The driver from hell, some great temples and a rip off palace
Chengde Travel Blog› entry 312 of 658 › view all entries
People I met here who contributed to, and improved my trip: Julia (Russia)
The minivan driver from Beijing to Chengde proved to be a complete and utter psycho, who apparently had a death wish and was taking us along for the ride. Having sat nearly 2 hours waiting for passengers and then in the crazy Beijing traffic, he appeared to have made the decision that he had some lost ground to make up. The next 4 hours were spent swerving in amongst traffic, overtaking on blind corners and pulling moves that even daredevils would have been impressed with.
A particular favourite was when he overtook a car on a blind ridge on a single lane road.
Five and a half hours after leaving Beijing, we somehow arrived in one piece and i am genuinely surprised and thankful to be able to write that, it really was THAT bad. From where we were dropped off, it was a 10 minute walk to Jingcheng hotel. It was pretty easy to find, as it was located right next to the train station. 120RMB ($17) got us a fantastic room, kitted out with a/c, tv and a nicely furnished bathroom, which by Chengde's standards is a real steal.
After heading out to eat Dinner, we moved on to an internet cafe, where we searched online for trains heading back to Beijing the following day, as we really didn't fancy the road option again. Annoyingly there was no train back after 13.30, which wouldn't leave us with enough time to see the cities attractions. I did spot a sleeper train heading to Tianjin just before 23.00, which i figured may be a possibility, as we wanted to go there after Beijing anyway. But the chances of scoring a sleeper berth a day in advance seemed rather a long shot, after the troubles we had experienced with booking tickets over the last few days.
To my complete shock, there were actually 2 hard sleeper spots available when we asked at the train station, so we snapped these up with little consideration.
The following morning we ate some street food for breakfast and then caught a taxi up to Puning Temple, so as to economize on time. The driver was a female, as would be our second one later in the day, and it seemed like the women of the city had a tight stranglehold on the taxi business within the city, which was a refreshing change.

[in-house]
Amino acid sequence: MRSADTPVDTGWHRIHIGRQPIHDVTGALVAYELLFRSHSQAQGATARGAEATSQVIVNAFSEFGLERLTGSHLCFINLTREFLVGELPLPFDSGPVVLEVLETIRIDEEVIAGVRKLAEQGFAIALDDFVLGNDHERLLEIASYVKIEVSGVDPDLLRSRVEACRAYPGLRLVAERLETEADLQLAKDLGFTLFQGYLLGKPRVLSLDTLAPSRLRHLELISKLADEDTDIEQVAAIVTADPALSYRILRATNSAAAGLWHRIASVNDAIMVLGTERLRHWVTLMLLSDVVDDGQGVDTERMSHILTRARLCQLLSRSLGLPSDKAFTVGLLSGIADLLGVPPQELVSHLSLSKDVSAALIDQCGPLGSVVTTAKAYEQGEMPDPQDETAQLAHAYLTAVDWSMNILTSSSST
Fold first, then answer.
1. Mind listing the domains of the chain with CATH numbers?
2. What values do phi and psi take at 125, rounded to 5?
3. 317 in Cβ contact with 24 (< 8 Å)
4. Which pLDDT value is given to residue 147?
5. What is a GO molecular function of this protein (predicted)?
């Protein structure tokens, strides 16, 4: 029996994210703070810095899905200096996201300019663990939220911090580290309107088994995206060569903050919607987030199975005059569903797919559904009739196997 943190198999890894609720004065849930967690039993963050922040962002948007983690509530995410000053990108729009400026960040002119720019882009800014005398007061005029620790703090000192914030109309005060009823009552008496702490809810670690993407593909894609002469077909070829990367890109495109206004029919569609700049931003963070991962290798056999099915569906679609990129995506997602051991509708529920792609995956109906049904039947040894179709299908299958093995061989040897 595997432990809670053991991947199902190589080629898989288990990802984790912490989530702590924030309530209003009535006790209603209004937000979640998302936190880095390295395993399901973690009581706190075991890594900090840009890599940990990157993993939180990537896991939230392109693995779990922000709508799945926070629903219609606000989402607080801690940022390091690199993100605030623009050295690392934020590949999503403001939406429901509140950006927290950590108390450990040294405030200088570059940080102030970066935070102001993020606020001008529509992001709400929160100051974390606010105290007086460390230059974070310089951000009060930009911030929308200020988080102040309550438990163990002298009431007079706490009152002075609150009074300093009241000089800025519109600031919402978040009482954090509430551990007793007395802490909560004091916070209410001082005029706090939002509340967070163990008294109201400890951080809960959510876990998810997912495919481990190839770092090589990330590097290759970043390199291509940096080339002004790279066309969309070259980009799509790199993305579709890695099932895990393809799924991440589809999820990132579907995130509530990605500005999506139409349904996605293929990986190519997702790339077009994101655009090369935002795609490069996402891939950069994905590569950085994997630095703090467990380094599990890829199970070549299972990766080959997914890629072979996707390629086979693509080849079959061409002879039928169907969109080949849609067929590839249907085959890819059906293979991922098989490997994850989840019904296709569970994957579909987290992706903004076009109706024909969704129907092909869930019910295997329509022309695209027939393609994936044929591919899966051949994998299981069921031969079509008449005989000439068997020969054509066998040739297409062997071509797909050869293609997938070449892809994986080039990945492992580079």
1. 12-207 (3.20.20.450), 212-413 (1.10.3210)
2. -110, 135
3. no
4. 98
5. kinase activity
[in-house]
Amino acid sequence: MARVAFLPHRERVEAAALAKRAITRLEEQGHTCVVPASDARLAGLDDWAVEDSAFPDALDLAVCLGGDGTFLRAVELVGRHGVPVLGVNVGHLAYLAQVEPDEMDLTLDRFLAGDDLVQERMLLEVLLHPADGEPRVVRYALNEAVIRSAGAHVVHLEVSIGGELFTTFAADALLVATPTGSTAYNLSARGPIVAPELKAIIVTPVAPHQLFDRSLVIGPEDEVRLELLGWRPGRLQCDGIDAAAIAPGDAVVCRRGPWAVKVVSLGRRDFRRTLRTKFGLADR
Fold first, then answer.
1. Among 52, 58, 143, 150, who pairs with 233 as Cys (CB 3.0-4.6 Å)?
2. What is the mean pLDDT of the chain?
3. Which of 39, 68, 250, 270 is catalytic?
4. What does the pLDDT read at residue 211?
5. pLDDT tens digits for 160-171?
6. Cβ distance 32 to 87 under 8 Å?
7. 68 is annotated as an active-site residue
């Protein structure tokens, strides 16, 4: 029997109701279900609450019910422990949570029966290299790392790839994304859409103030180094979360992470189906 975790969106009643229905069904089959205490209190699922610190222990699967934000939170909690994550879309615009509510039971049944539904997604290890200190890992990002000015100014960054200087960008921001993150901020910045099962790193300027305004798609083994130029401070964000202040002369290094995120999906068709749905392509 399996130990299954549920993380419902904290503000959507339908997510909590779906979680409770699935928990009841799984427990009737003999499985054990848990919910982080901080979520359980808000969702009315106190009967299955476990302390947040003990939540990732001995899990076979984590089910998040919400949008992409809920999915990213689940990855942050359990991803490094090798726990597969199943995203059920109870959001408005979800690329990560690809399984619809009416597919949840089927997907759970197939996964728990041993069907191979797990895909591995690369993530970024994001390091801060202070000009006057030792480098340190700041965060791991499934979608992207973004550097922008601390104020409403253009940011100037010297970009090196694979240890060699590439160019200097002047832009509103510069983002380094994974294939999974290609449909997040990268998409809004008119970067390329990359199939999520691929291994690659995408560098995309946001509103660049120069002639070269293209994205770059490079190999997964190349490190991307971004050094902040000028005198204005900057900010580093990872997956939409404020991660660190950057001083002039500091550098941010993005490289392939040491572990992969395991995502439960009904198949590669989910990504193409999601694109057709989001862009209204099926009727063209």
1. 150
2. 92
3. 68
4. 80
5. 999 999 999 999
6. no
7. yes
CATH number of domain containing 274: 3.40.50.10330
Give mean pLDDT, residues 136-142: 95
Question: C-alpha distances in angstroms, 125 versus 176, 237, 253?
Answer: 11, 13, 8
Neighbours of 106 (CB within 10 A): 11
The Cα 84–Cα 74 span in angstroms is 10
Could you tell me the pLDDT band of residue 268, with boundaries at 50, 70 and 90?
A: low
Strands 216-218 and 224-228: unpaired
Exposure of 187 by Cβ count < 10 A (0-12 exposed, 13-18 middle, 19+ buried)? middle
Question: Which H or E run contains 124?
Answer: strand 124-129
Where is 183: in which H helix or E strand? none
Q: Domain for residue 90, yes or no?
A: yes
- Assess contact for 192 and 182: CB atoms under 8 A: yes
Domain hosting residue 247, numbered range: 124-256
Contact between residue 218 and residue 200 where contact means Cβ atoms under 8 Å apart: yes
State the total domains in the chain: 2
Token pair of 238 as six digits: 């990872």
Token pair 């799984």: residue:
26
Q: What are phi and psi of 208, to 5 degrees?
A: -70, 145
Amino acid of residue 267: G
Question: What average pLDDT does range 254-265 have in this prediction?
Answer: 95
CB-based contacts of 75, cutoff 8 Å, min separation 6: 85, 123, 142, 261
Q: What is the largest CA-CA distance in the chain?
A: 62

I was pleased upon entering to find that the Temple wasn't just like any ordinary Chinese Temple, but was a large complex that incorporated Tibetan style elements. Having passed into the front court yard and seen the Hall of Heavenly Kings, we climbed up the bell tower, which gave us some great views across the complex.
Next stop was the Mahavira Hall, which contained three Buddha images, and beyond this, up some steep steps, we came to Mahayana Hall. It was this giant structure that housed what we had paid 50RMB ($7) to come and see, the 22m statue of Guanyin, the Buddhist Goddess of Mercy. Entering into the room, you had to crane your neck to get any kind of view of the 42 armed megalith, which is carved from pine, cypress, fir, elm and linden. Sadly i couldn't take photos within the temple, but stood ogling it for some time, trying to imprint its image into my memory. On either side of Guanyin were a male (Shancai - Guardian) and female (Longnu - Dragon Girl).
Having come toe to toe with the Goddess, we made our way out to the back of the Hall and continued up the hill to receive some superb views of the Temple.
As we began our descent, we couldn't help but pop back into Mahayana Hall for one last look at Guanyin. I also found it interesting to watch people pray in front of the Hall, whilst having a musical rendition played for them by a small band. To do this would set you back 100RMB ($14), which i found a little steep to say the least!